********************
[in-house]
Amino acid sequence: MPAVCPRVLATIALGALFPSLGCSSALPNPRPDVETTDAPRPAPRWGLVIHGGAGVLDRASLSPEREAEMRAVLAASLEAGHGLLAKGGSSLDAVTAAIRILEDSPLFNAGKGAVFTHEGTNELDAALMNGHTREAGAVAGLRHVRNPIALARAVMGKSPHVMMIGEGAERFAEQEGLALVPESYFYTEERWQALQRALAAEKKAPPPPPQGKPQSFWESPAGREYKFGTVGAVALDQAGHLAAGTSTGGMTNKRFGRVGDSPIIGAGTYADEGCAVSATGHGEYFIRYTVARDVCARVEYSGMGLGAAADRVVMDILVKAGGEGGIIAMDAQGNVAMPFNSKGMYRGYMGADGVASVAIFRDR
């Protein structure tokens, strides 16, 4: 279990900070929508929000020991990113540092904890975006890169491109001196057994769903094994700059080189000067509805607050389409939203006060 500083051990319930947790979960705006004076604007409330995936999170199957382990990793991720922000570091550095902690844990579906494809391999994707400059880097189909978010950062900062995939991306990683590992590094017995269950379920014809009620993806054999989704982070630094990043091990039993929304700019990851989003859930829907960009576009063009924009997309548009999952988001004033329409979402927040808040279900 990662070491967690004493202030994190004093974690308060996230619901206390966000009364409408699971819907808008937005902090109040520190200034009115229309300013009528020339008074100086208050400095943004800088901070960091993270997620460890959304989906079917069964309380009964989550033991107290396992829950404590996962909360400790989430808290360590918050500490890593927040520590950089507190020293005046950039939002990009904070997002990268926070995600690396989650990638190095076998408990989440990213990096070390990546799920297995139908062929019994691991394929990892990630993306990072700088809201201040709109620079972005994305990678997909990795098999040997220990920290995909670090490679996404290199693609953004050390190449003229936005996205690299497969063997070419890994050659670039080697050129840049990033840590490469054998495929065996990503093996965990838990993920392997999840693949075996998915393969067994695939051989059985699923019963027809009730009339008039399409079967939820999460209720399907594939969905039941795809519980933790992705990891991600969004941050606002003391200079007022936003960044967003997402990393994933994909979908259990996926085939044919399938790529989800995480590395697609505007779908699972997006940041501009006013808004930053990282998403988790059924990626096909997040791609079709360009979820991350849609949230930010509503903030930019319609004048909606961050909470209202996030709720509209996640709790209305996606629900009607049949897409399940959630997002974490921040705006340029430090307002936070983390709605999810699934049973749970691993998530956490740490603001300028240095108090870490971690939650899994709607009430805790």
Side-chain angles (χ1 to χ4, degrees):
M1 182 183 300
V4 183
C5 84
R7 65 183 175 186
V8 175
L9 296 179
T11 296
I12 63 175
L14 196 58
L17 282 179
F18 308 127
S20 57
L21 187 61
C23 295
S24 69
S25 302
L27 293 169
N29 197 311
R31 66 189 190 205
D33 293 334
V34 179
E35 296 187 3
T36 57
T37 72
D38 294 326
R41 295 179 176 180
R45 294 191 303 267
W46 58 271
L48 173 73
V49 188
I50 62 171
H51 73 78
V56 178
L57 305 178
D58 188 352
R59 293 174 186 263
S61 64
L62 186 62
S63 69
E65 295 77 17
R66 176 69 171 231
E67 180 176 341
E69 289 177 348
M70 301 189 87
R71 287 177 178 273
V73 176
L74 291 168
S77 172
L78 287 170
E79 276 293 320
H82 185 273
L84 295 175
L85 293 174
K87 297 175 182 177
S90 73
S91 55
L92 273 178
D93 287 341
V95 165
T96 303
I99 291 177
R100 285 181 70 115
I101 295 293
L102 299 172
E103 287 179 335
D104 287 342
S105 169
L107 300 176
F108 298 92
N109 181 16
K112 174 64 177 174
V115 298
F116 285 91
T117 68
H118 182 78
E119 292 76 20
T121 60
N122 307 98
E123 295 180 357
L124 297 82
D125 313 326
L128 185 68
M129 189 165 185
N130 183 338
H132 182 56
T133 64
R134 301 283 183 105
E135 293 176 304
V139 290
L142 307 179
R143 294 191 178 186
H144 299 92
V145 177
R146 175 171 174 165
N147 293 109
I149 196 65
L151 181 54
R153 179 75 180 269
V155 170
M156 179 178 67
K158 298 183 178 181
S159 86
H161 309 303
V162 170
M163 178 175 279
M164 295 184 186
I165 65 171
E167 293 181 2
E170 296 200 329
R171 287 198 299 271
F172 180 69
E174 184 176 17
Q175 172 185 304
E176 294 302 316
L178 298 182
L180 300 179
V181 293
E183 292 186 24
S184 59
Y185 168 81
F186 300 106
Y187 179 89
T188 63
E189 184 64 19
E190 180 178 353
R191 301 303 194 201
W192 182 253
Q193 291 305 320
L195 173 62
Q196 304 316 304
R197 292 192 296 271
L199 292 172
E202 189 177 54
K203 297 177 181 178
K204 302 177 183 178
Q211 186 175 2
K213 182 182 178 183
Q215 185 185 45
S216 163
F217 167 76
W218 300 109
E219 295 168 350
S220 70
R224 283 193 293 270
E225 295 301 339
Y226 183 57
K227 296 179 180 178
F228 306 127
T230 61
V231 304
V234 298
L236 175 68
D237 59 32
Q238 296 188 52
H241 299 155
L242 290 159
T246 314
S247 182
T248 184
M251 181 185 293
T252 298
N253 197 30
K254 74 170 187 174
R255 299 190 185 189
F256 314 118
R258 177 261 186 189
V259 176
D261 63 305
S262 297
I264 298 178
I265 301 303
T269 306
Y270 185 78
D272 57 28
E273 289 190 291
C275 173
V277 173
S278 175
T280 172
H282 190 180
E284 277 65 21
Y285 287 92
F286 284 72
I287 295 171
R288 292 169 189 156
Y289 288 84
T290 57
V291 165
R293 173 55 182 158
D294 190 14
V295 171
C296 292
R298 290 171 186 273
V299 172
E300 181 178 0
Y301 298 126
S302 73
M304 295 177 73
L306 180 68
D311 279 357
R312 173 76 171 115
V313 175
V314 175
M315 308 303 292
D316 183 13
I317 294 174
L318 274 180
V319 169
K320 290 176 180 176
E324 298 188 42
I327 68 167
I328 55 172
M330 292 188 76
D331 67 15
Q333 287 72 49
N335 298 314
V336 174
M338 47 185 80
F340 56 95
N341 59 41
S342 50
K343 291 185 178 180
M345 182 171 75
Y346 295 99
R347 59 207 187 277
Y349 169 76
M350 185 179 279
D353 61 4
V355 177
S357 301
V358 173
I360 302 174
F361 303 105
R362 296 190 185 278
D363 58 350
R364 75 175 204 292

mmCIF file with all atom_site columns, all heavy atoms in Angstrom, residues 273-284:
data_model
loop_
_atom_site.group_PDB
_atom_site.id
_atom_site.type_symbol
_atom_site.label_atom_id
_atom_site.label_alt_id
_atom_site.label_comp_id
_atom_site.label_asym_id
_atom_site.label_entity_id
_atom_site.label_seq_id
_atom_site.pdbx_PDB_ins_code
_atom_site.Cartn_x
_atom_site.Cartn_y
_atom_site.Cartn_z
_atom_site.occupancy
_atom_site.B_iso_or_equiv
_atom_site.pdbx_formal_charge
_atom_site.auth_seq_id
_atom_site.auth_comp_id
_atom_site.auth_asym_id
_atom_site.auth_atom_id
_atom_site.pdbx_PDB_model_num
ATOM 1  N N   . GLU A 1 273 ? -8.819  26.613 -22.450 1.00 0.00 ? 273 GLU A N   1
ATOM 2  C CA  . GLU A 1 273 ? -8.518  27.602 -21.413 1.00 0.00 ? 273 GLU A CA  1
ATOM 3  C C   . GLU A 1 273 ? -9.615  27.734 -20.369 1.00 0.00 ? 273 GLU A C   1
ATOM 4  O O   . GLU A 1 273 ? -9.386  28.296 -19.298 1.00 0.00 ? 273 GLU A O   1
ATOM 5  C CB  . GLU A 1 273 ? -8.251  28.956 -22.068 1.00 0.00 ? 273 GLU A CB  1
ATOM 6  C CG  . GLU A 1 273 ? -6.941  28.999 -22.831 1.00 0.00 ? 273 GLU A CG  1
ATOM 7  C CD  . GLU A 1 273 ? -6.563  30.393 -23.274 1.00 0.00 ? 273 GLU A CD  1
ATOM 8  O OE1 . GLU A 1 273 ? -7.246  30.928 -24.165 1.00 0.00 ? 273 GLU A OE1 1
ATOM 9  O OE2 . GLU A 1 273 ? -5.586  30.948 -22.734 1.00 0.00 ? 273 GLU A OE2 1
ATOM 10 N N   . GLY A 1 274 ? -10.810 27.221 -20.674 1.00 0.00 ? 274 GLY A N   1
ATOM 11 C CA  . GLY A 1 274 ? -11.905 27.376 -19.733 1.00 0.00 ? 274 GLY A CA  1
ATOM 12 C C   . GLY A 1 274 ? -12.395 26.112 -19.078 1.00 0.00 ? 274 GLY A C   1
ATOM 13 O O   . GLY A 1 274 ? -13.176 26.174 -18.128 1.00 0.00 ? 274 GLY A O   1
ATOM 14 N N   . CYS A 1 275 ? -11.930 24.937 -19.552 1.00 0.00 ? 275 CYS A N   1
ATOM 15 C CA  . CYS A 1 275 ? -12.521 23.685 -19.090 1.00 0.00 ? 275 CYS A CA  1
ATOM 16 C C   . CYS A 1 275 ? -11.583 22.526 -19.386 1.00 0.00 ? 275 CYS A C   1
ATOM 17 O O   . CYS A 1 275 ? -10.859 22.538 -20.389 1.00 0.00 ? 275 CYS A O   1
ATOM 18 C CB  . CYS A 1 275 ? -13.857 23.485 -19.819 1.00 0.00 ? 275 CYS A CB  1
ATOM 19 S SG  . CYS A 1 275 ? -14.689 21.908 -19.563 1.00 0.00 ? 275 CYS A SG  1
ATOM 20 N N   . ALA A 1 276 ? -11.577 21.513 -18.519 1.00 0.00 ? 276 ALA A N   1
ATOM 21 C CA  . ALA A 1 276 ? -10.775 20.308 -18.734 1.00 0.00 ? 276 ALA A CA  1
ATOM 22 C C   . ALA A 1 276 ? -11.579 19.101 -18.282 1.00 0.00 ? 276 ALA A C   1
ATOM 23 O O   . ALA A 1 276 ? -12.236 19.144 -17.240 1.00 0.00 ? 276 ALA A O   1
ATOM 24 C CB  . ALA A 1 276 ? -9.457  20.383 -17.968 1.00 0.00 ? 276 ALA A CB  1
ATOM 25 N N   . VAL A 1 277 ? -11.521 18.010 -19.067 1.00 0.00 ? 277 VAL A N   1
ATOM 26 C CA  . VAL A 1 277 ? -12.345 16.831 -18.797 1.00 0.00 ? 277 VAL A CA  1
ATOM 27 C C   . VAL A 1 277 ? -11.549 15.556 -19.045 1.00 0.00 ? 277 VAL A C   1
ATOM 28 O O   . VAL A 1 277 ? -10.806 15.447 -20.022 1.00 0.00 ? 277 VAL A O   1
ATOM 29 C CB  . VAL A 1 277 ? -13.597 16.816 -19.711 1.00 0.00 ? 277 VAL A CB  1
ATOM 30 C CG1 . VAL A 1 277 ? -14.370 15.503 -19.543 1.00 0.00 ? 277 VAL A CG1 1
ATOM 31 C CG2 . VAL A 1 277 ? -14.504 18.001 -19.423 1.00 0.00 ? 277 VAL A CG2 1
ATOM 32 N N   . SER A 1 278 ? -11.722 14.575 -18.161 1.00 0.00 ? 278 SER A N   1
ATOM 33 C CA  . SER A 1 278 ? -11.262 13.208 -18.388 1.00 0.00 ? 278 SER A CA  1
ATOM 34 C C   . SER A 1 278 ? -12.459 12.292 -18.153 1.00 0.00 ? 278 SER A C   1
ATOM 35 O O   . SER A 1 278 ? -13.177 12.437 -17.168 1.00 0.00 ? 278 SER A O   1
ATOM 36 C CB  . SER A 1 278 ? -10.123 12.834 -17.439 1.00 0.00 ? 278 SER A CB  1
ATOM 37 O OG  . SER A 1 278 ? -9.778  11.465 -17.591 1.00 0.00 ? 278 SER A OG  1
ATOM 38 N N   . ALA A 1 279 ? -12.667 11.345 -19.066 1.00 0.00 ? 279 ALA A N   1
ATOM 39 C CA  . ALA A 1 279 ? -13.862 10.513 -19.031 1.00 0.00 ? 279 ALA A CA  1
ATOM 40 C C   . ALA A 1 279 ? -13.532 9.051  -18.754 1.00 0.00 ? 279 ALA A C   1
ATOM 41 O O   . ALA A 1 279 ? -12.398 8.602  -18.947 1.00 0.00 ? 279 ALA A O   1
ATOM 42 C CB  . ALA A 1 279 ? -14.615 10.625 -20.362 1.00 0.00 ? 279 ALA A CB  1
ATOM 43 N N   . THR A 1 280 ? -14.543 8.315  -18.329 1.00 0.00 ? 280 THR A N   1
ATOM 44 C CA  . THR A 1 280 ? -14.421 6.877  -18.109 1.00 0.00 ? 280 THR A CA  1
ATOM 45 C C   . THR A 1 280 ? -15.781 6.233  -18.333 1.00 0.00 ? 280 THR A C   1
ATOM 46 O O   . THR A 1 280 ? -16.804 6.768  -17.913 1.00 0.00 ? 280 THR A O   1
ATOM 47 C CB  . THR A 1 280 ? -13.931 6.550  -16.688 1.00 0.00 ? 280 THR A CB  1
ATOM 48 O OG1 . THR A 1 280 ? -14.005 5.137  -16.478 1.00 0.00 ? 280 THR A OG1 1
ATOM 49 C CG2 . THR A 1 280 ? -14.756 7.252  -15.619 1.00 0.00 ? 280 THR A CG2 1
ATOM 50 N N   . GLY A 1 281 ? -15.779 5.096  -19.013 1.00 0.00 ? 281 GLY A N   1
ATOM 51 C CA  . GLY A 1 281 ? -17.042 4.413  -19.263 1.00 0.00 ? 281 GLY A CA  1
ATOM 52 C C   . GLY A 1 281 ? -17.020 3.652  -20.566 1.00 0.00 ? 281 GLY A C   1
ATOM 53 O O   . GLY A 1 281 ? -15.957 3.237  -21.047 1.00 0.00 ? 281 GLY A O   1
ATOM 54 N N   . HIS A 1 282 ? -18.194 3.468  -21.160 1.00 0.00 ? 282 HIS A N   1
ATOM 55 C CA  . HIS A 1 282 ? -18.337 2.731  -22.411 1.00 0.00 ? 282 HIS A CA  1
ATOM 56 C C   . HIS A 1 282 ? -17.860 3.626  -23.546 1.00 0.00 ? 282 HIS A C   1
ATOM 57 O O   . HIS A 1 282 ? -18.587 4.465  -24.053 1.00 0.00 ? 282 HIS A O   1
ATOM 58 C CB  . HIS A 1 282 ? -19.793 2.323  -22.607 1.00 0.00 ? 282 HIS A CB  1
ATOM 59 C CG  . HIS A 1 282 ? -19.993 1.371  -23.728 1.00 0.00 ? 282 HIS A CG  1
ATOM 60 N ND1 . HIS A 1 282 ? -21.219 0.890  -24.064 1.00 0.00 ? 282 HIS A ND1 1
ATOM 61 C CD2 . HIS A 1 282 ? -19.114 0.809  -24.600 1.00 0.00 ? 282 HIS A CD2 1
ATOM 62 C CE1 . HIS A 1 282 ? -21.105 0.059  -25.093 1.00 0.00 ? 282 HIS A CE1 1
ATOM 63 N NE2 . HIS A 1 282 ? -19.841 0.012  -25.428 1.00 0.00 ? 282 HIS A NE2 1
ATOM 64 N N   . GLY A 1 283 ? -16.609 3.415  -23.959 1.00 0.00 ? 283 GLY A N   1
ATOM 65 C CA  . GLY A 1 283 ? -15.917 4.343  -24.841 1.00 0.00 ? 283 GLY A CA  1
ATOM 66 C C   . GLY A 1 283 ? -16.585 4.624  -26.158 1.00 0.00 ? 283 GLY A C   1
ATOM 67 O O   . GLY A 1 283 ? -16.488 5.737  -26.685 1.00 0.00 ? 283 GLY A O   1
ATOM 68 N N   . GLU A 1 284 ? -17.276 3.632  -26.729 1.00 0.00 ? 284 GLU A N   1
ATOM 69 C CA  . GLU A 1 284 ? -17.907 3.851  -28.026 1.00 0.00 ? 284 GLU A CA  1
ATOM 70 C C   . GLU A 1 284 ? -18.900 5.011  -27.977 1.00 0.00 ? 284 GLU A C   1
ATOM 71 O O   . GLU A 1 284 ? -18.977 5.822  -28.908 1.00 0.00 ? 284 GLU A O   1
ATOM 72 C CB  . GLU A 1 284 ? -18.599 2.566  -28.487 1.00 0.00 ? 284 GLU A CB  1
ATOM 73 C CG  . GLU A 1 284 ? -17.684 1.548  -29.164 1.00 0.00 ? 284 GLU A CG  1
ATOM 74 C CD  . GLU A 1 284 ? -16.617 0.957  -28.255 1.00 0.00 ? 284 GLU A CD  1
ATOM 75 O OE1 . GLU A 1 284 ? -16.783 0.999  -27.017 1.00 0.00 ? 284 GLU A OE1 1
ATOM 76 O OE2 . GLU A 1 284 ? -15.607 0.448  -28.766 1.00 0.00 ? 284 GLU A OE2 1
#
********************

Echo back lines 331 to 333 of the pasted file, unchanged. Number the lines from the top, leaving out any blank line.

ATOM 67 O O   . GLY A 1 283 ? -16.488 5.737  -26.685 1.00 0.00 ? 283 GLY A O   1
ATOM 68 N N   . GLU A 1 284 ? -17.276 3.632  -26.729 1.00 0.00 ? 284 GLU A N   1
ATOM 69 C CA  . GLU A 1 284 ? -17.907 3.851  -28.026 1.00 0.00 ? 284 GLU A CA  1